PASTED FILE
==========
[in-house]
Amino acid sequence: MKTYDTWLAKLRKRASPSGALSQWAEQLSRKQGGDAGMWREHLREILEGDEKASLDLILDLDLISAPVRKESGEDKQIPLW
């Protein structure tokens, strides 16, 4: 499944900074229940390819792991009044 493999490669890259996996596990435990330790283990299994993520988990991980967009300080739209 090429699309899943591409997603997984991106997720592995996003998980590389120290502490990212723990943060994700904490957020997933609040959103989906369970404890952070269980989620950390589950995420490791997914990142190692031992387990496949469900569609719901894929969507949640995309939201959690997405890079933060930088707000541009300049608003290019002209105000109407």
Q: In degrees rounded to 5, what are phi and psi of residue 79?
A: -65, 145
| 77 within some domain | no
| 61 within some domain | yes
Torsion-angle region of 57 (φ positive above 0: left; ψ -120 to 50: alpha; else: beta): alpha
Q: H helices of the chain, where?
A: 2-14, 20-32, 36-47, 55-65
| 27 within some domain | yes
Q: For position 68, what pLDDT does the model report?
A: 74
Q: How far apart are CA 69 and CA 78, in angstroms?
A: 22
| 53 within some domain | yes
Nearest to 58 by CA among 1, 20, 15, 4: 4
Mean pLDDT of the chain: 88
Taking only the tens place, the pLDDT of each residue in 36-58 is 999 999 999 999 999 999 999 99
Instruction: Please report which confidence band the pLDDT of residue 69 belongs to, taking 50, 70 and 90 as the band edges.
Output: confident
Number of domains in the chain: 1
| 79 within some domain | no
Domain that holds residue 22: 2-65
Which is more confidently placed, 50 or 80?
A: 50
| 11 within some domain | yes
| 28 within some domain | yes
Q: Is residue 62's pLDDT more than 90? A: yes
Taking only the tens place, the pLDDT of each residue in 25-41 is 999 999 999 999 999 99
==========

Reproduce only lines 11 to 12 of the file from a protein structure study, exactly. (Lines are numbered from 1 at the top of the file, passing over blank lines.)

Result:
| 27 within some domain | yes
Q: For position 68, what pLDDT does the model report?